I am spoiled. My parents loved me and gave me everything I needed and more. I was raised to believe that when I should I ever have children, I would give him everything of myself to them in return. And the dog can’t just be returned when it misbehaves or gets sick or grows old. Grandma still has to be visited even if it isn’t always very fun to be at her house. There are things we do for our family, a obligation due to circumstance.
I had the same immediate reaction to Jhumpa Lahiri’s newest novel, The Lowland, as I did to The Awakening. Lahiri’s novel centers around a family from Calcutta: two talented brothers, Subhash who grows up to become an American scientist, Udayan who becomes involved in the Naxalite rebellion that terrorized India in the late sixties; Gauri, the woman who falls in love with Udayan, but moves to America with Subhash; and finally their daughter, born from Gauri’s love for Udayan, but who grows up with Subhash for a father. The book spins together the loneliness of duty to one’s family, the political assassination of a loved one, and finally the betrayal of a child by her unwilling mother.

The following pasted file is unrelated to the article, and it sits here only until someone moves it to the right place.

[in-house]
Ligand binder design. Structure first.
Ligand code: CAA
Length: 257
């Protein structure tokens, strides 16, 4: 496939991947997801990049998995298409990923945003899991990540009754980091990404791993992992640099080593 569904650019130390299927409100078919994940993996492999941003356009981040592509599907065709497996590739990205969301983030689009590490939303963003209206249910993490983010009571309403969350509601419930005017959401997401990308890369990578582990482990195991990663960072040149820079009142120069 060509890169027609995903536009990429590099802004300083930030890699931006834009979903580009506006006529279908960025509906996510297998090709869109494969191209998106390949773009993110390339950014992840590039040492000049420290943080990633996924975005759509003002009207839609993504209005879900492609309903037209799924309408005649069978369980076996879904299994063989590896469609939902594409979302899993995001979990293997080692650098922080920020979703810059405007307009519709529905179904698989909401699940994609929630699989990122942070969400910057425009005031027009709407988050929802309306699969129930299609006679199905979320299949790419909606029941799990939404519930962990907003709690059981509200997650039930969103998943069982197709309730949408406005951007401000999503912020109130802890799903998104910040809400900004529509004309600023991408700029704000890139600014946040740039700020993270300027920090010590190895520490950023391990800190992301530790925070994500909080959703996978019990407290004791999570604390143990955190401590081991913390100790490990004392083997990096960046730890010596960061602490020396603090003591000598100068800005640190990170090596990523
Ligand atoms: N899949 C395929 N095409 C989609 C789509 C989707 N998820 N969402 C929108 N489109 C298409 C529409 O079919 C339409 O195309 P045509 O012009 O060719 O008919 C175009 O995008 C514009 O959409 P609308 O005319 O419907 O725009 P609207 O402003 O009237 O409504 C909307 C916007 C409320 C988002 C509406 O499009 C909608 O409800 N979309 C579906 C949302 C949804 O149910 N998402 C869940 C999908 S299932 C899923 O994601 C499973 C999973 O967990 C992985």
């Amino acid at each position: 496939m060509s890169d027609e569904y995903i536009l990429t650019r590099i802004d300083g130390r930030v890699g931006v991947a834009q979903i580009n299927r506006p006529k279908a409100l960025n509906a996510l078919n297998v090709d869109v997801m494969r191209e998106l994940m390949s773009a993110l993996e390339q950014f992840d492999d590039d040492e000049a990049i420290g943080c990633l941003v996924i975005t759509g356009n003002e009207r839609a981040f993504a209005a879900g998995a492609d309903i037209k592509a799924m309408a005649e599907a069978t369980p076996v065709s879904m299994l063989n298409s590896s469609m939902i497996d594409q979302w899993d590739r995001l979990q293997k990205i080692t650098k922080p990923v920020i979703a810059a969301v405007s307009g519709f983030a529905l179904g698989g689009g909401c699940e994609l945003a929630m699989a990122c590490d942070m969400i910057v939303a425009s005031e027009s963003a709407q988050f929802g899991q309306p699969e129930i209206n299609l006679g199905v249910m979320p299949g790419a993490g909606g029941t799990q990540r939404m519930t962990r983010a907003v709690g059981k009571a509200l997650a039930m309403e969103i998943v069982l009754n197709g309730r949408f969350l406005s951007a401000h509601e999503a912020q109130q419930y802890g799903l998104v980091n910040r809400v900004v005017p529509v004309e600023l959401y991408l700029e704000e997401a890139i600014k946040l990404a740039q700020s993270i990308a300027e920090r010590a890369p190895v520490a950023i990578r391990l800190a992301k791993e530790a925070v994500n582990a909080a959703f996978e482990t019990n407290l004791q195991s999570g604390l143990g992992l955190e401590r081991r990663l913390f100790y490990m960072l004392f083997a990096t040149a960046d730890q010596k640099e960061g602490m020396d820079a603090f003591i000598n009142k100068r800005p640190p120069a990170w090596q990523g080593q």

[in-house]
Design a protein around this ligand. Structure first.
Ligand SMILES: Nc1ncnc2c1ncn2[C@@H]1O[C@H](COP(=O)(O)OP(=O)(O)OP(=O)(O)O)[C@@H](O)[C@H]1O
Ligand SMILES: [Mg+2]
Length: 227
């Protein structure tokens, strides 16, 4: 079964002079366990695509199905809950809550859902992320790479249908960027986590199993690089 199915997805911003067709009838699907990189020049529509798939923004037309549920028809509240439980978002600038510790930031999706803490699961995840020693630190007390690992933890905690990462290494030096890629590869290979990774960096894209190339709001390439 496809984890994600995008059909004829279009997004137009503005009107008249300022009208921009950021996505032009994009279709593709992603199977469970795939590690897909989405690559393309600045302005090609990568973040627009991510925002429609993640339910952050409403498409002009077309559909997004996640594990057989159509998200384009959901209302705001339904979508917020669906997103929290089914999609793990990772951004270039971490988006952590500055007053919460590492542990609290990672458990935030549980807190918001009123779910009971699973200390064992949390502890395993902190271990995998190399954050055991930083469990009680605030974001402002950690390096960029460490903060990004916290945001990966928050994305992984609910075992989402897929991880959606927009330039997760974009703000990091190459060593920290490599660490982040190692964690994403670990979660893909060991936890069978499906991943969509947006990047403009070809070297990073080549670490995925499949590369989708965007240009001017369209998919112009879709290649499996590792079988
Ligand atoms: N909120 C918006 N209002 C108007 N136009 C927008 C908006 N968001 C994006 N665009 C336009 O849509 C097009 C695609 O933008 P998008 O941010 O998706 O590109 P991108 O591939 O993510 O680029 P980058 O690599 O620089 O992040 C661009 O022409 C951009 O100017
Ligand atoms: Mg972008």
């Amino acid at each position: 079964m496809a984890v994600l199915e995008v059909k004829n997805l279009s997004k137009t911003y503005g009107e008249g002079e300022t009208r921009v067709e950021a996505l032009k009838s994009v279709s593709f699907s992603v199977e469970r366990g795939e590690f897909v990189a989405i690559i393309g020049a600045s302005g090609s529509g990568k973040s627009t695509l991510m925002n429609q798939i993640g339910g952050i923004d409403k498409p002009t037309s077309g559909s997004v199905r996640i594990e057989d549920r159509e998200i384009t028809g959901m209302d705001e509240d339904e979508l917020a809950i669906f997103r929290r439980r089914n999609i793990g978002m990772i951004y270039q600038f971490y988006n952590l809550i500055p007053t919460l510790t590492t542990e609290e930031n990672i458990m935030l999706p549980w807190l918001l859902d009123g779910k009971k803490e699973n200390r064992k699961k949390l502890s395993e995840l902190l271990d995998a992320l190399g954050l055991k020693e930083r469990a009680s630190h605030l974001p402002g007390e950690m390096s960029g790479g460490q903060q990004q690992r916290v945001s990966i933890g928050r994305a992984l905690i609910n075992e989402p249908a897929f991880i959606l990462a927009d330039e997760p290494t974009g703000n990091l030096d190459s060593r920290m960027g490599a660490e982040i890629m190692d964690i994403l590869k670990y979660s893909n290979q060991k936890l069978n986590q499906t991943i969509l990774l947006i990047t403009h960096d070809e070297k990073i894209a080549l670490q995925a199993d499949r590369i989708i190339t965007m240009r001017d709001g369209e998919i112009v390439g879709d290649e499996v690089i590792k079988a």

Even if Gauri’s betrayal of her daughter at first seemed like the betrayal Kate Chopin’s protagonist at the end of The Awakening, there’s a lot more to Jhumpa Lahiri’s novel. The story is all there and just because Gauri’s character leaves a bad taste in my mouth, I didn’t want to put down the novel. I wanted to know where this family ended; I wanted to know if they could heal themselves, find a way to make amends with the tragedies that unfolded decades before in restive India.
The Lowland is a quick read, and while that was helpful because the story kept my interest, Lahiri doesn’t make reading the pleasure it could be. While Lahiri occasionally captures a brilliant expression, a well written description, much of the prose follows a “and then, and then, and then” pattern. The writing is driven by narrative, one thing follows the other, and there seems to be an inevitability to everything that happens, both in the larger narrative but also generally in the flatness of every subsequent sentence.
Maybe that’s the thing about this novel: as a reader I wanted to know how it ended, and enjoyed learning a lot about the Naxalite movement and a part of Indian history with which I was not familiar, but nothing surprised me. Each event seems predictable as it unfolds, the characters don’t change, they don’t come to any awakening, they act for themselves, unaffected by the events around them, and Lahiri’s storytelling matches, each sentences marching straight toward its mark, straightforward.